Why Beans are Such An Important Part of a Healthy Vegetarian Diet

Beans and lentils are part of the legume family. Vegetarians love them because of their high protein content, great health benefits, and wide variety. There must be hundreds of simple vegetarian recipes that use beans.

Super Health Benefits

Legumes lower cholesterol, are heart healthy, and can even reduce the risk of many cancers.

High in Dietary Fiber

You may already know that fiber can lower cholesterol and is important for heart health. Fiber also prevents blood sugar levels from rising quickly after eating (this is good news for people with diabetes, insulin resistance, or hypoglycemia).

High in Heart Healthy Nutrients

They're an excellent source of folic acid, potassium, and B6, all heart healthy nutrients.

Potassium helps protect you from high blood pressure and stroke. Folic acid and B6 break down the amino acid homocysteine. If you have high amounts of homocysteine in your blood, it can triple your risk of heart attacks and stroke. Just one cup of cooked, dry beans has 264 mg of folate. This is more than half of the recommended daily intake.

Contain Potent Antioxidants

They're loaded with the powerful, anti-inflammatory antioxidants, flavonoids and flavonols. According to Dr. Perricone, these antioxidants,

". . exert antioxidant activity fifty times greater than vitamin E, protect against oxidative damage to cell membrane lipids, promote healthy collagen and cartilage, and restore the antioxidant powers of vitamins C and E after they've battled free radicals."

Beans are also a low fat, low sodium food. And, with the exception of soybeans, they're also low in calories.

One of the Best Vegetarian Protein Sources

Legumes have more vegetarian protein than any other plant food. They're also one of the only sources of lysine, an important amino acid.

Protein Content

Type Protein Content
Black Beans (1 cup cooked) 15.24 grams
Canned n/a
Kidney (1 cup cooked) 15.35 grams
Canned 13.47 grams
Pinto (1 cup cooked) 15.41 grams
Canned n/a
Chickpeas (Garbanzo) 14.35 grams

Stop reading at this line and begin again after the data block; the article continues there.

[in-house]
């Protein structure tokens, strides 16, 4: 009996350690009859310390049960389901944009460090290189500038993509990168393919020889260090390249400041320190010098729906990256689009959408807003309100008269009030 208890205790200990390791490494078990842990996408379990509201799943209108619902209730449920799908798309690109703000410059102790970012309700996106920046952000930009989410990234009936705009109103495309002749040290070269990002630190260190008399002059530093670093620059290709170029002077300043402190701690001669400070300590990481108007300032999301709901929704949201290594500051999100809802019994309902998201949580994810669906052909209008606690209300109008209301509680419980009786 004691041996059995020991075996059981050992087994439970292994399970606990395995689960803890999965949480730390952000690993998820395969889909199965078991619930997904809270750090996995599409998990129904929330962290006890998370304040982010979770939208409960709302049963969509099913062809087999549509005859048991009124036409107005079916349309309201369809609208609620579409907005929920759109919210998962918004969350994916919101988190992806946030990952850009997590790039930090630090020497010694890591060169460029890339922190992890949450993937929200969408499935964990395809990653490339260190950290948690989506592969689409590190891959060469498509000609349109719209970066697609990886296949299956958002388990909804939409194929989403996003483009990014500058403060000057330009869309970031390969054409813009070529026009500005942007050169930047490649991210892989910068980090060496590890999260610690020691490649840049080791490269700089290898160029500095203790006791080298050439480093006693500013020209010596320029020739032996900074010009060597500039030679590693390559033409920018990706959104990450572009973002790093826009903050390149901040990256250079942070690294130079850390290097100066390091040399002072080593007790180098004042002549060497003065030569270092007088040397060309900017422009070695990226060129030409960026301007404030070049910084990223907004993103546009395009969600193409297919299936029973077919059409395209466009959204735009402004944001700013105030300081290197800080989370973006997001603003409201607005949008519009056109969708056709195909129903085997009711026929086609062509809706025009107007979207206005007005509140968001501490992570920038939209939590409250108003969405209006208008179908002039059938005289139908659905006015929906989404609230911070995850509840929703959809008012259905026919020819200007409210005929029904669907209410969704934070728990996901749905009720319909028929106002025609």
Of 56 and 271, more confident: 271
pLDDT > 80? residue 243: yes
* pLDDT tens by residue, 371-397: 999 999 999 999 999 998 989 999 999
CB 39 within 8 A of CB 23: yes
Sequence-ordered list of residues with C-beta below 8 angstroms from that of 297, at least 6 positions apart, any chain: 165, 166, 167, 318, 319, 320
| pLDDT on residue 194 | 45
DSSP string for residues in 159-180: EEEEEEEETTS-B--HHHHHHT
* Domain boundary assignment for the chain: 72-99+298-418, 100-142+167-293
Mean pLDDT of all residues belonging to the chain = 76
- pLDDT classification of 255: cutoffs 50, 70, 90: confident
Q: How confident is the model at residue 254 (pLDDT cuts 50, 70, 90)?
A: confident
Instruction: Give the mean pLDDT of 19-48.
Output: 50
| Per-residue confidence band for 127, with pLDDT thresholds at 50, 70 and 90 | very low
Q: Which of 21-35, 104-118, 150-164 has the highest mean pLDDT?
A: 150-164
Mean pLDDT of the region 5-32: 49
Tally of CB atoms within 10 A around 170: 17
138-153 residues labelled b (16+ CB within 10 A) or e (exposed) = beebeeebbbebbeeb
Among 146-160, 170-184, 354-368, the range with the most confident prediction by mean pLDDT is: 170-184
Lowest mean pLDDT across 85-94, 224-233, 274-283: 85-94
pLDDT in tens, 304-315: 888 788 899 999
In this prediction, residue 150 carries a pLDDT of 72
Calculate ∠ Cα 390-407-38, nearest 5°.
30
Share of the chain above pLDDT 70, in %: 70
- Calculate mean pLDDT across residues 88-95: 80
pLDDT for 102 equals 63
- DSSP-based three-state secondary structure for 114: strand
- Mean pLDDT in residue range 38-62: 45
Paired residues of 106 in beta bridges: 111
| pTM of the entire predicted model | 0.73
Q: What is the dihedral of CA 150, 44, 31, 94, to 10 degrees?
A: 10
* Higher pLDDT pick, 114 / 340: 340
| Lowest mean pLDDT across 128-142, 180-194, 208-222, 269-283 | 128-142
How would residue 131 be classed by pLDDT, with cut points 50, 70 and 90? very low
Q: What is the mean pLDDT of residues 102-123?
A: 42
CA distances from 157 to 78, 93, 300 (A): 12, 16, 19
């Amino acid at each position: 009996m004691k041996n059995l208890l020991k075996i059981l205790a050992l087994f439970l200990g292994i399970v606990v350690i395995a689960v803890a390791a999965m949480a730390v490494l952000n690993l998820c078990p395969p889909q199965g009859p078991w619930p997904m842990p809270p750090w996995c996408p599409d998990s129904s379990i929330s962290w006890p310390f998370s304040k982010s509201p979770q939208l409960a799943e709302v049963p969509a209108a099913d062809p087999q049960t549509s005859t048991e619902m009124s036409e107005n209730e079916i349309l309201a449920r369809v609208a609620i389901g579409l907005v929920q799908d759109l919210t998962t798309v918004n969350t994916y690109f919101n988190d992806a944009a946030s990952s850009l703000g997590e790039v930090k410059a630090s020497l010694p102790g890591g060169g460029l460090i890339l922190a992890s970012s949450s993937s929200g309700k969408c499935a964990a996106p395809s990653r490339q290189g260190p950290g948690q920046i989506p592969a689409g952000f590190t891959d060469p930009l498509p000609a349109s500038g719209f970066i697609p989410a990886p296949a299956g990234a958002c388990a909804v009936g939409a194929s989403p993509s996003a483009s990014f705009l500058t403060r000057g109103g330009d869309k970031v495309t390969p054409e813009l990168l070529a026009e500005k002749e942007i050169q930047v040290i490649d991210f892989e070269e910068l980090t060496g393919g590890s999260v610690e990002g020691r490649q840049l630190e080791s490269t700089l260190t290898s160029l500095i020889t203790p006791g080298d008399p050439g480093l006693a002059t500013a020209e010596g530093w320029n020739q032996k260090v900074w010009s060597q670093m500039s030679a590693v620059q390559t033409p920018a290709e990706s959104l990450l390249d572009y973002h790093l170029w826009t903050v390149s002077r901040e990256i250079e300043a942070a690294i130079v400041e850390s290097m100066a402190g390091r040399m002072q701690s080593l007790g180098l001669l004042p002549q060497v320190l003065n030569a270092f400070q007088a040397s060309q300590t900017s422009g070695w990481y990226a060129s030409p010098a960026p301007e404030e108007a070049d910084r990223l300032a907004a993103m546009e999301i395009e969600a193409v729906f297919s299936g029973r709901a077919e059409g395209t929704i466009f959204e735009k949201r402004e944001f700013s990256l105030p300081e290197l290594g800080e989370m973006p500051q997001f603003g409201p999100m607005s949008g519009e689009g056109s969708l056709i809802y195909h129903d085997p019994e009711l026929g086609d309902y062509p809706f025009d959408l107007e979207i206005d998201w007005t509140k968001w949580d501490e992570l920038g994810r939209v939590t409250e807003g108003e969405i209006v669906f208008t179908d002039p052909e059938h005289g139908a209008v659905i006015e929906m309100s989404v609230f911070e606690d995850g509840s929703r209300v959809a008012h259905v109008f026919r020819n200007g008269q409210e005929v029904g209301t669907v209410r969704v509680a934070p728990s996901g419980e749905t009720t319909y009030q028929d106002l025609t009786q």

Canned 11.88 grams
Navy Beans (1 cup cooked) 14.98 grams
Canned n/a
Lentils (1 cup cooked) 17.86 grams
Canned n/a
From the USDA National Nutrient Database for Standard Reference

Protein is important to build muscles and for a healthy metabolism. Plus it makes you feel full. This is really important for vegetarians. When there isn't enough protein in your meal, you don't feel satisfied. This can make you eat too much, or eat the wrong foods. It's one of the reasons why some vegetarians wind up gaining weight.

The Gas (Flatulence) Issue

Vegetarians, especially newbie vegetarians, frequently run into problems with digestion. The most common is gas.

There's a compound in beans called oligosaccharides that your body cannot digest or absorb. As a result, they get broken down by bacteria, which produces the gas.

There are solutions. Cook them well. The cooking process significantly reduces the amount of oligosaccharides. Another way to reduce the oligosaccharides is to sprout them. And, if all else fails, you can buy a product called Beano.


Beans and lentils are an invaluable superfood for a vegetarian diet. They're healthy, easy to prepare and cook and bring a lot of versatility to your meals.


USDA National Nutrient Database for Protein Content

Deborah Madison, Vegetarian Cooking for Everyone

Jack Norris, RD, Virginia Messina, MPH, RD, Vegan for Life

Nicholas Perricone, MD, The Perricone Promise: Look Younger Live Longer in Three Easy Steps

Michael Murray, N.D., The Encyclopedia of Healing Foods

Adebamowo, C.Al, E. Cho, L. Sampson, et al. "Dietary Flavonols and Flavonol-Rich Foods Intake and the Risk of Breast Cancer." Int. J. Cancer 2004;114(4):628-633.

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